Celebrating the month of Ramadan at GoCardless
Last editedNov 20203 min read
Several of our GoCardless colleagues of the Islamic faith are observing the month of Ramadan. Ramadan is considered a holy month of the Islamic lunar calendar and is one where Muslims around the world fast from dawn to dusk and fulfil one of the five pillars of the Islamic Faith known as Sawm (fasting).
This period entails a lot of self-reflection and varying acts of worship but the lockdown has really posed all manner of challenges to what most would normally consider a spiritual break. I thought I'd answer some of the common questions about Ramadan to help everyone understand a little bit more about it.
So is it like… intermittent fasting?
Well, yes and no. During a fast, Muslims abstain from not just food but also water, smoking, sex. We are also mindful of how we speak and keep ourselves from lying, gossiping and otherwise engaging in bad habits.
Fasting itself is an act which has varying purposes behind it. It is one which allows us to untether from the material world and to feel solidarity to the poor of the world who may be going hungry throughout the year.
Wait, not even water?
That’s right., #notevenwater - which is a real hashtag and meme amongst Muslims, by the way. It can come as a bit of a surprise to most but after a few days into Ramadan, the body adjusts to the new conditions and it becomes much easier to go the day without food and drink.
The fast ends at the time of the dusk prayer of Maghrib, this is when we undergo what is known as Iftar, the breaking of the fast. Traditionally, a fast is broken with a date from date palms and then a good nutritious dinner. You would think we would wolf food down at this point but interestingly most find they don’t need to eat a whole lot during Iftar to satiate their rumbling tummies.
What else does Ramadan entail?
This is a period where many Muslims get involved in various forms of prayer. Without going into too much detail, there’s a lot of reading, praying and a lot of giving to charity. Many find themselves in the mosques for most of the night while some go full hermit and stay home for their engagement.
During Ramadan, shortly after the fast is broken, mosques undergo what is known as Tarawih, or the Night Prayers. This is a gentle prayer which can carry on for hours but it’s up to the individual if they wish to stay for the whole thing or just a small part. That may sound a little exhausting but Tarawih actually means ‘to relax’.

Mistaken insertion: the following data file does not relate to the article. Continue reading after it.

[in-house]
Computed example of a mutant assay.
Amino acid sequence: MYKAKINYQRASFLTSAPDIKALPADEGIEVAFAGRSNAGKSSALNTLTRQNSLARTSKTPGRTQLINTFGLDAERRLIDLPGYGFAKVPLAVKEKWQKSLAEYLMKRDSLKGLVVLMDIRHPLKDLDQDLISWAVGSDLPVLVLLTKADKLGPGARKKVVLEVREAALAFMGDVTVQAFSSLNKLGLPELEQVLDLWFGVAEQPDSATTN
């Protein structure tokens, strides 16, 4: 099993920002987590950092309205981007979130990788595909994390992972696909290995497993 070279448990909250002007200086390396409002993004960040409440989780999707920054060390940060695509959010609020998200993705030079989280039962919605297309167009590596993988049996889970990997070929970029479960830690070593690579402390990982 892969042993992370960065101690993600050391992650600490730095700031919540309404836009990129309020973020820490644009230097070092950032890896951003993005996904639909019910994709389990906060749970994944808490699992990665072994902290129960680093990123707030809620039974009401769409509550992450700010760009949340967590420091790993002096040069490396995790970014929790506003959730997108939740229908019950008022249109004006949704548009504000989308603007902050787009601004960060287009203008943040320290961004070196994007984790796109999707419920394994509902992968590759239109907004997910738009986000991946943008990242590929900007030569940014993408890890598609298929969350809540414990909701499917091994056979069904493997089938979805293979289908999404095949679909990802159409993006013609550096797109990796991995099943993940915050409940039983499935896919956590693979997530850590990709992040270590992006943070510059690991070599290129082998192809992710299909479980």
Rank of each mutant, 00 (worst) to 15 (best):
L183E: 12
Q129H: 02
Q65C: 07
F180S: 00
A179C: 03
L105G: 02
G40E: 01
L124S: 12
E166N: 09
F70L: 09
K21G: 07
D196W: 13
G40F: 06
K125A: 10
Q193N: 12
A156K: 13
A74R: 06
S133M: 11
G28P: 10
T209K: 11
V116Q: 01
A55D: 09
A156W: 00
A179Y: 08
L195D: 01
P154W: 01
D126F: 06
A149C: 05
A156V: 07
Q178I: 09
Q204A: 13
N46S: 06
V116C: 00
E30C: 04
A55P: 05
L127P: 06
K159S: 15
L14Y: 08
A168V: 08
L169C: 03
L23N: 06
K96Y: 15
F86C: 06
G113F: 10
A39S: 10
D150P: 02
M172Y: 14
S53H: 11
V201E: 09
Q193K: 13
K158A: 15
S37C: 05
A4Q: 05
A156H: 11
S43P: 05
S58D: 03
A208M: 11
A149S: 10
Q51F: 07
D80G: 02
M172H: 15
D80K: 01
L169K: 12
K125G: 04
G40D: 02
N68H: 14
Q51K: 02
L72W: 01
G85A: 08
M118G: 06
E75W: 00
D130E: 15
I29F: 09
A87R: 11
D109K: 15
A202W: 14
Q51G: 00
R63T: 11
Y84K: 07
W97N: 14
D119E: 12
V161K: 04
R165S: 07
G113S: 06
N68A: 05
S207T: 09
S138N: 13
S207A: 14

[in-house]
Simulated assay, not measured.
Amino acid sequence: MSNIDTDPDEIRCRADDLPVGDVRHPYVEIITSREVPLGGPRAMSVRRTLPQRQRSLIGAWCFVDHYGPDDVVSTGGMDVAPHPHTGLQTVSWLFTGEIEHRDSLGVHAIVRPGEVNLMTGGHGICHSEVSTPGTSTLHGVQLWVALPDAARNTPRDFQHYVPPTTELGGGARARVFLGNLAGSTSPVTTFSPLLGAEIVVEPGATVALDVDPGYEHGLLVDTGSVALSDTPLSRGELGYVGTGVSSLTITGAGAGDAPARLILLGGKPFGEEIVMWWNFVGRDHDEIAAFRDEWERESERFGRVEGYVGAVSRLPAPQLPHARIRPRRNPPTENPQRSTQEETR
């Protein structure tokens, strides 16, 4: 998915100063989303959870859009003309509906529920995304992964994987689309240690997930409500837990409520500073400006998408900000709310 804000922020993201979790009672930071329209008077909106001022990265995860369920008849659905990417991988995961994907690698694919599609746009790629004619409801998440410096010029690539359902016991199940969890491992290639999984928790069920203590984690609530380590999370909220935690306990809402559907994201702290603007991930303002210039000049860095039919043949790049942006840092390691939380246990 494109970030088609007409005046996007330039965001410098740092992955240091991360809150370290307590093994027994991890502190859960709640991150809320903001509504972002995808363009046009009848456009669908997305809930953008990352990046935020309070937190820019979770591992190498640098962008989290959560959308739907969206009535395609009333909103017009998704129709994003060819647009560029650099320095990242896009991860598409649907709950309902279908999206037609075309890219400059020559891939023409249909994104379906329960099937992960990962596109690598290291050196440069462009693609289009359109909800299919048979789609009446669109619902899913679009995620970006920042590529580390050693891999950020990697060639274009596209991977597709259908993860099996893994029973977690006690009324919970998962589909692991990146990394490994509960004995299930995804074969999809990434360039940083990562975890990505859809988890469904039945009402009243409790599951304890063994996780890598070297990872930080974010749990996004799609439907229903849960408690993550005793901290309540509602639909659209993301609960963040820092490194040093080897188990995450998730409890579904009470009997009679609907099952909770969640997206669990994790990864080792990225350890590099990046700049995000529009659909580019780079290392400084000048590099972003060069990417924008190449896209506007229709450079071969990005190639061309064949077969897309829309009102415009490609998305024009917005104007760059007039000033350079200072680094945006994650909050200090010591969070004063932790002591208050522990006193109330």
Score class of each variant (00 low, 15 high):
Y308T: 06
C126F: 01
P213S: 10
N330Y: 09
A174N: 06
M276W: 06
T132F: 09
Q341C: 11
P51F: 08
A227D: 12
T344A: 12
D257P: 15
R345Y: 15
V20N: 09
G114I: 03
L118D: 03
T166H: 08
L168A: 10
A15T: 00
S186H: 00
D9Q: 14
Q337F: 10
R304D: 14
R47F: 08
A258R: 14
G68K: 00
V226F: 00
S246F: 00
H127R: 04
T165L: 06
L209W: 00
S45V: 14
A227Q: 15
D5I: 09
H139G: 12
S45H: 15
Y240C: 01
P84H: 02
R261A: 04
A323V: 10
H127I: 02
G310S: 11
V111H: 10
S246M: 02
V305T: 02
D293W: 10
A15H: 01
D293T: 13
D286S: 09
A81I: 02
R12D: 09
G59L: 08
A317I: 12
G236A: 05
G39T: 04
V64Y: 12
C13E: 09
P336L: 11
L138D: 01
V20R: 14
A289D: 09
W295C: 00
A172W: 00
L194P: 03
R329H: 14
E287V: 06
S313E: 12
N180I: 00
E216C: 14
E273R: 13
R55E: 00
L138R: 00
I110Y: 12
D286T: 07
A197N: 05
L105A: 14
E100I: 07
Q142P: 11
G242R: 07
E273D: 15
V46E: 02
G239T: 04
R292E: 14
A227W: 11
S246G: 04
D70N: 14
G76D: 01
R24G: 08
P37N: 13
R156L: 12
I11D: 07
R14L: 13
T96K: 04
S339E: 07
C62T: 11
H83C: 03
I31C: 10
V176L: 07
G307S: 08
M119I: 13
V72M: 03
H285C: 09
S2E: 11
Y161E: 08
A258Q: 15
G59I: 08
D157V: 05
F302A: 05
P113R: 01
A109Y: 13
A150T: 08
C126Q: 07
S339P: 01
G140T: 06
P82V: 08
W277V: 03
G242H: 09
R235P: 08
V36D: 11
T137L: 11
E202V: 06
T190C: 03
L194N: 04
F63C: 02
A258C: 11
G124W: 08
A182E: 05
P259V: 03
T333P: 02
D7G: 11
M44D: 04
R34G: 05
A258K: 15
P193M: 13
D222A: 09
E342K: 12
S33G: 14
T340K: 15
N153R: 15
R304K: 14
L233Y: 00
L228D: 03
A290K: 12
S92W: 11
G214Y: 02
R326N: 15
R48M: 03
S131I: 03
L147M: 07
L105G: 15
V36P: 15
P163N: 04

So if you fast during the day and pray during the night, what are some of the struggles and challenges?
This is a question that each person could have a different answer for. Some really struggle with adjusting to the lack of food and water through the day, whereas others find it relatively easy. Some may struggle to not smoke during their fast others might have trouble simply not gossiping!
Of course, if fasting brings any semblance of harm or can compromise a vulnerable person’s health in any way, they are encouraged not to fast.
This particular Ramadan, however, has been an unprecedented one as it’s the first ever to occur in a global lockdown.
How is the lockdown affecting this Ramadan?
This is a period where the community really comes together and the lockdown has all but removed that aspect. During Ramadan, we would make food for our neighbours, invite our friends and family and even some strangers for Iftar, but with no interactions with those around us… it’s feeling quite lonely for a lot of us.
All mosques have been shut. While this is certainly what is best for the current situation, many within the community truly miss the calmness of the mosque and the Night Prayers themselves. Though it’s possible to do Tarawih at home, it’s an entirely different experience to do them in congregation at a mosque.
Eid is the day Ramadan comes to an end and one where Muslims celebrate by getting together with family and friends, having delicious meals and exchanging presents. The lockdown has put a bit of a damper on that too, but we will surely adjust and make the best of it when the time comes.
A lot of my Muslim colleagues here at GoCardless are coping well and are going full steam ahead for the remainder of the month of Ramadan.
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